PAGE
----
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176 min.
Release Date
The Batman poster

A superb crime thriller wearing the mask of a superhero film, The Batman feels more like a genre experiment than another in a long series of Batman blockbusters. Matt Reeves takes the mantle of director and crafts an even grittier and moodier treatment of the Caped Crusader than Christopher Nolan’s Dark Knight trilogy. Although both iterations represent an uncompromising revision of the iconic DC Comics character, Nolan’s films were driven by theme, whereas Reeves devises a methodical detective story propelled by plot and genre. The Batman has elements of traditional superhero films, of course, but it occupies the territory of a serial killer procedural and crime saga about institutional corruption. Reeves seems to have modeled Gotham City on the nameless sprawl in David Fincher’s Se7en (1995), complete with a relentless downpour, a series of grim murders, and more officials on the take than in a Sidney Lumet film. Batman, played with dour inwardness by Robert Pattinson, becomes the screen’s first version of his oft-used moniker, the World’s Greatest Detective. And the masked investigator inhabits an elaborate superhero noir over the film’s imposing three-hour runtime, propelled by an engaging mystery, red herrings, and unexpected twists. The major difference is this detective just happens to be wearing a cape and cowl.  

Pattinson is a younger version of the character than many previous movies have explored (save for Nolan’s Batman Begins in 2005), playing the hero in his second year cleaning up Gotham City’s streets. In his periodic voiceover, Batman broods over his vigilante “experiment” like a disenchanted cop in a film noir. “Hidden in the crowd is the element, waiting to strike,” he growls low. Batman, known to some as “Vengeance,” has instilled a fear of shadows in the crime-ridden city so that petty thugs think twice before hiding in the dark. “I am the shadows,” he insists. When faced with a violent gang in familiar face paint, he emerges from the blackness and engages them in brutal hand-to-hand combat, recalling the crowd fights in the Batman Arkham video games. The villains, too, feel influenced by those games. In the opening sequence, the Riddler (Paul Dano) appears in a homemade, military green costume and brutally murders the film’s first victim, leaving clues that prompt Lt. Gordon (Jeffrey Wright) to enlist Gotham’s mysterious hero—in part because Riddler addresses his clues “to the Batman.” Later, Riddler will attach deathly devices to his victims that appear only slightly less sadistic than the Jigsaw killer from the Saw franchise. Within the first scenes, the murder and investigation signal The Batman as a radical shift in tone and style from previous versions. 

Reeves has made a Hollywood career on his revisions to established intellectual property. Among his best work, he delivered a respectable 2010 remake of the Swedish vampire film Let the Right One In (2008), along with the last two entries in the revised Planet of the Apes franchise. He’s a skilled journeyman filmmaker, capable of adjusting his aesthetic to service the material with competence and coherence. For The Batman, Reeves and production designer James Chinlund blend the old and new to create Gotham City. With footage captured in Glasgow, Liverpool, and Chicago, the city is a place of cobblestone streets and perpetual rainfall, accenting the look of a futuristic dystopia reminiscent of Blade Runner (1982). Michael Giacchino’s music, informed by the two prominent aural themes of Schubert’s “Ave Maria” and Nirvana’s “Something in the Way,” underscore the pervading grave temperament. It’s an utterly serious movie, signaled by Pattinson, who only has a few scenes as Bruce Wayne—and they’re underneath his long hair that often falls and frames his face like a trust fund Kurt Cobain. Gone are those typical scenes where Wayne clumsily passes himself off as a witless billionaire-playboy. Instead, Reeves eschews any comic relief, setting down every plot-driven scene like another piece of the puzzle, making for an entrenched three-hour mystery.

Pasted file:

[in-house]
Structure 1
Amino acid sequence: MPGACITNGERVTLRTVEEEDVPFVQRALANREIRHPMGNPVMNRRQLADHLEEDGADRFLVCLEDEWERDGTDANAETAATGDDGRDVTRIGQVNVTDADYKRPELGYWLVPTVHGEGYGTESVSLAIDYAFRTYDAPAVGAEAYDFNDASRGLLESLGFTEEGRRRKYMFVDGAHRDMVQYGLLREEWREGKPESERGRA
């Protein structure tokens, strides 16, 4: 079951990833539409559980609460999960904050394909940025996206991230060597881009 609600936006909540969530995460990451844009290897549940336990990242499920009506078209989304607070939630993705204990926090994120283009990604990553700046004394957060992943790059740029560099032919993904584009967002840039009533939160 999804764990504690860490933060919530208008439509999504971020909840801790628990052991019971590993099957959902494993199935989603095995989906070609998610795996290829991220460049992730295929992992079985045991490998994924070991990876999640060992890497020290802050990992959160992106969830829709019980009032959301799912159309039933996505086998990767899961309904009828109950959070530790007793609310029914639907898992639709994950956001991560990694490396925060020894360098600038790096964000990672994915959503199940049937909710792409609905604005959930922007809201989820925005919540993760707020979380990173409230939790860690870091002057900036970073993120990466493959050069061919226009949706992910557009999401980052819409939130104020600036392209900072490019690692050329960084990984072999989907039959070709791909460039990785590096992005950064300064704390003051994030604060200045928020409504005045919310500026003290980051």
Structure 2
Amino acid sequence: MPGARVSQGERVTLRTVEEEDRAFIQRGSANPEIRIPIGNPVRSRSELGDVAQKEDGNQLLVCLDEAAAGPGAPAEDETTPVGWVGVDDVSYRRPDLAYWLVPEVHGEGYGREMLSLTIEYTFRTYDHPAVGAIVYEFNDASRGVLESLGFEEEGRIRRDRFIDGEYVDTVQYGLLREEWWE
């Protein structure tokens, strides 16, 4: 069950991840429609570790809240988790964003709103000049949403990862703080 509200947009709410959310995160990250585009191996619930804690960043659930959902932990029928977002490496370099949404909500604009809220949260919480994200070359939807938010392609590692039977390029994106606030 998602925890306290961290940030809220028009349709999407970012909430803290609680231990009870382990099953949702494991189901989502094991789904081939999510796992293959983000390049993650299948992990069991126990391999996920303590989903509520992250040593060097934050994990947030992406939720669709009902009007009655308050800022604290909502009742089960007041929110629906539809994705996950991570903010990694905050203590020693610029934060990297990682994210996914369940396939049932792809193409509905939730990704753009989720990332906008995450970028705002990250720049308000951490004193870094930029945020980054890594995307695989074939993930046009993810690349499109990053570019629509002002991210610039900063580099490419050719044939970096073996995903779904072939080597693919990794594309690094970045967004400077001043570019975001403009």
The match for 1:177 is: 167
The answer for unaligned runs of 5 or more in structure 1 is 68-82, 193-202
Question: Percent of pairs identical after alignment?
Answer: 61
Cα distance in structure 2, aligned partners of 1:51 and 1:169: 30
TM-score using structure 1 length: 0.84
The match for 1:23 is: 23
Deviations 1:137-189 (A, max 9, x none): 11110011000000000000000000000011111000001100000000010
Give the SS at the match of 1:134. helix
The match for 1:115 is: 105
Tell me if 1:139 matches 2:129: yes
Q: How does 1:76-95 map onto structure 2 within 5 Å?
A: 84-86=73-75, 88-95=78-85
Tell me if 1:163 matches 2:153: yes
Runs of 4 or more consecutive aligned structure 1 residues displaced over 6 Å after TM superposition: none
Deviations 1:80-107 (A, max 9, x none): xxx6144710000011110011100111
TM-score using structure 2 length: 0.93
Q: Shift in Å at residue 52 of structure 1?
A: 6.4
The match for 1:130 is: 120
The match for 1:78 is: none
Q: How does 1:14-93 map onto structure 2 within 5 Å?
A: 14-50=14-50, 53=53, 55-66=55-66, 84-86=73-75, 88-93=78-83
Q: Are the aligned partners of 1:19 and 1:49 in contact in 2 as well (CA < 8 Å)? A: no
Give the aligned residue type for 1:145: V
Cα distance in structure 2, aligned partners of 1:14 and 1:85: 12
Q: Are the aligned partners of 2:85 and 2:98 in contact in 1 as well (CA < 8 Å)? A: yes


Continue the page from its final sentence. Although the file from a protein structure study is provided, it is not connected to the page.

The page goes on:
The story’s particulars gradually reveal a thoughtfully conceived world that introduces characters as functions of the ongoing investigation. A murder victim leads Batman to a nightclub, where he meets Penguin (Colin Farrell), a mid-level thug employed by crime boss Carmine Falcone (John Turturro), and corners him for information. There, he spies Selina Kyle (Zoë Kravitz) working as a server with a hidden agenda; however, it’s not the alter-ego of a cat burglar named Catwoman, but an independent social justice warrior determined to take down the underhanded white patriarchy that killed her friend. Batman enlists her help, and instead of asking her to wear a wire, she puts in contact lenses that double as a camera linked to his computer. As for the Batcave, it’s not a cave beneath Wayne Manor but an abandoned subway station where Batman obsesses over Selina’s footage, pours over clues, and strikes the pose of an emo icon (if people had a problem with Sam Raimi’s Gothification of Peter Parker in 2007’s Spider-Man 3, the similar hair and attitude here seem more appropriate, but no less distracting as a type). As our heroes follow Riddler’s trail, the villain’s references to “rats” and “lies” in his cryptic messages hint at a vast network of bought-and-paid-for politicians and cops in Gotham’s elite. 

Pattinson’s Bruce Wayne is a severe character, logging his inner thoughts in handwritten journals like one of Paul Schrader’s disturbed loners from Taxi Driver (1976) or First Reformed (2017). “The city’s eating itself,” he observes, disgusted by, yet determined to prevent, Gotham’s autocannibalism. It’s a detail that Reeves uses to acknowledge the thin line between vigilantism and criminality, creating parallels between Batman and the Riddler. Both characters were orphans, seek vengeance and justice, and keep obsessive journals. Yet in Riddler’s case, a scene in his notebook-lined apartment brings to mind John Doe’s fanatical scrawling from Se7en—in a takes-you-out-of-the-movie reference to other material when Gordon reads Riddler’s writings aloud. Moreover, Reeves explores how Riddler identifies with Batman in fascinating, morally complex ways. He sees himself as a vigilante determined to rid Gotham of its corrupt officials and police, to expose secrets that will “tear the whole city apart.” While mining these similarities between hero and villain, the director’s clever screenplay, co-written by Peter Craig, also plays with the details of Bruce Wayne’s past—what Riddler knows and what he doesn’t. The film’s most intense scene finds Batman facing Riddler in Arkham Asylum, confronted by these similarities and left to question his motivations.